Ou is a 33-year-old vegetable farmer from Cambodia. He has three daughters, with two of them attending school. He takes his daughters to school every morning, and after that he enjoys doing exercise, listening to news on the radio, and helping his wife with housework. In 2018, Ou was in a motor accident that caused a fracture in his left forearm. After that, he went to a provincial hospital, where he received and installation of plate and screws. However, the fracture became infected and has yet to heal properly. Now, he cannot move his arm in any direction, and he is in constant pain. Fortunately, surgeons at our medical partner, Children's Surgical Centre, can help. On May 11th, Ou will undergo a fracture repair procedure, which will cost $465. With this procedure, the doctor will treat the fracture and help him regain the use of his arm again. Ou said, "I hope that with the use of my arm, I can continue working my farm again. Most importantly, I just want to be able to take care of my daughters the best I can."
Alex is a four-year-old playful boy. He has struggled with his hearing since birth. However, the condition became known when he has 9 months old. His parents took him to different hospitals seeking care. He had several tests run over the period. In 2020, his parents were advised to seek care at Watsi's Medical Partner Care Center Kijabe Hospital where Alex had hearing aids recommended. He only perceives loud noises or barely speaks. Alex’s parents are peasants from Nyeri county. His father works as a miner in a stone quarry near their home while his mother is a housewife. Their daily income is about $4 which is too low to meet the cost required. Alex has one sibling and together, they live with their parents in a two-roomed rental house. His father appeals for financial assistance. Alex’s father says, “Our hope is to see Alex being able to talk and lead a normal life.”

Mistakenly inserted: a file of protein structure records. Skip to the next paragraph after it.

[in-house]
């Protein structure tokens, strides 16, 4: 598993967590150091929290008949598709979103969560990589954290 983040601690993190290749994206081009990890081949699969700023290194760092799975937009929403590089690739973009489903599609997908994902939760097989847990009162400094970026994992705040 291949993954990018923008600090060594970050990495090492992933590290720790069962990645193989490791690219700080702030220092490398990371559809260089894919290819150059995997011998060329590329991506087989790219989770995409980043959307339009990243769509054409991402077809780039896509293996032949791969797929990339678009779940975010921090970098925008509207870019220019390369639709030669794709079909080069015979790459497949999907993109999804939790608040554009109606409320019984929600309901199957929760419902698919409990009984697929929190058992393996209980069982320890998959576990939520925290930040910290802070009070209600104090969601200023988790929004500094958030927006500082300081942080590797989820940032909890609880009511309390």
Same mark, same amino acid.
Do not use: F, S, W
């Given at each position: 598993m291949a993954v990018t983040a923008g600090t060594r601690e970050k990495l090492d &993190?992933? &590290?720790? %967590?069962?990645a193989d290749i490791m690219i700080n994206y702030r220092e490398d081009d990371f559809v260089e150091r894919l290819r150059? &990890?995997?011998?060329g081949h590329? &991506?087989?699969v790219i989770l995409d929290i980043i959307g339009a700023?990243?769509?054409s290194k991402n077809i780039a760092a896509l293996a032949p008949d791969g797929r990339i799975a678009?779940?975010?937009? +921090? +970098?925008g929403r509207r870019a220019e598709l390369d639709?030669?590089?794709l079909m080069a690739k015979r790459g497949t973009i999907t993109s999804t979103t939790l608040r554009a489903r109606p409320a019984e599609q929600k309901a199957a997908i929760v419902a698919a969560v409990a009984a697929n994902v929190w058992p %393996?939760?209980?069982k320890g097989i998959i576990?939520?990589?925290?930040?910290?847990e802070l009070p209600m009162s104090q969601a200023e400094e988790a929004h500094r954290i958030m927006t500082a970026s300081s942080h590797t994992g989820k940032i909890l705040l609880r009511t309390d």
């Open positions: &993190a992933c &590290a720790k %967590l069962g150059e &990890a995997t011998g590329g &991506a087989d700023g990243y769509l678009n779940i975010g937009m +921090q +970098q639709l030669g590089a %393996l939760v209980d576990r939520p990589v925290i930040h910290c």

Hla is a 41-year-old woman from Burma. She lives with her family in a village in Kawkareik Township in Karen State. Hla is a homemaker, raises livestock, and looks after her niece while her sister teaches at a nursery school in the village. Her two younger sons and her brother-in-law are subsistence farmers who grow rice on rented land. Hla’s oldest son is a distance education student in university. One year ago, Hla felt a painless growth when she touched her lower abdomen. That same day, she went to see a traditional birth attendant (TBA) about this. The TBA told her that she had a gastric problem. The next day, Hla went to see a traditional healer receive blessed water in the hopes it would make the growth disappear. Although she drank the blessed water for around two months, the growth remained. As she did not think that the growth would make her seriously ill, she did not go to a clinic. In January 2020, Hla felt like the growth was increasing in size. She decided to visit Kawkareik Private Clinic where the doctor performed an ultrasound. She was told that she had a mass in her uterus. The doctor provided her with painkillers and she was told to only take it when she is in pain. Hla has been experiencing back pain and the mass increases in size day by day. She has been diagnosed with a uterine mass and has been advised to undergo a total abdominal hysterectomy, the surgical removal of her uterus and cervix. If left untreated, Hla's symptoms will continue to worsen and put her at risk for further health complications in the future. Fortunately, Hla is scheduled to undergo her hysterectomy on March 13th. Our medical partner, Burma Children Medical Fund, is requesting $1,500 to cover the total cost of her procedure and care. Once recovered, she will no longer experience back pain and she will be able continue working and helping out at home. Hla said, "I'm very scared when I heard that I need to receive surgery. When I got home, my family and friends encouraged me to not be afraid because there were many other people who had the same condition who recovered and became healthy again."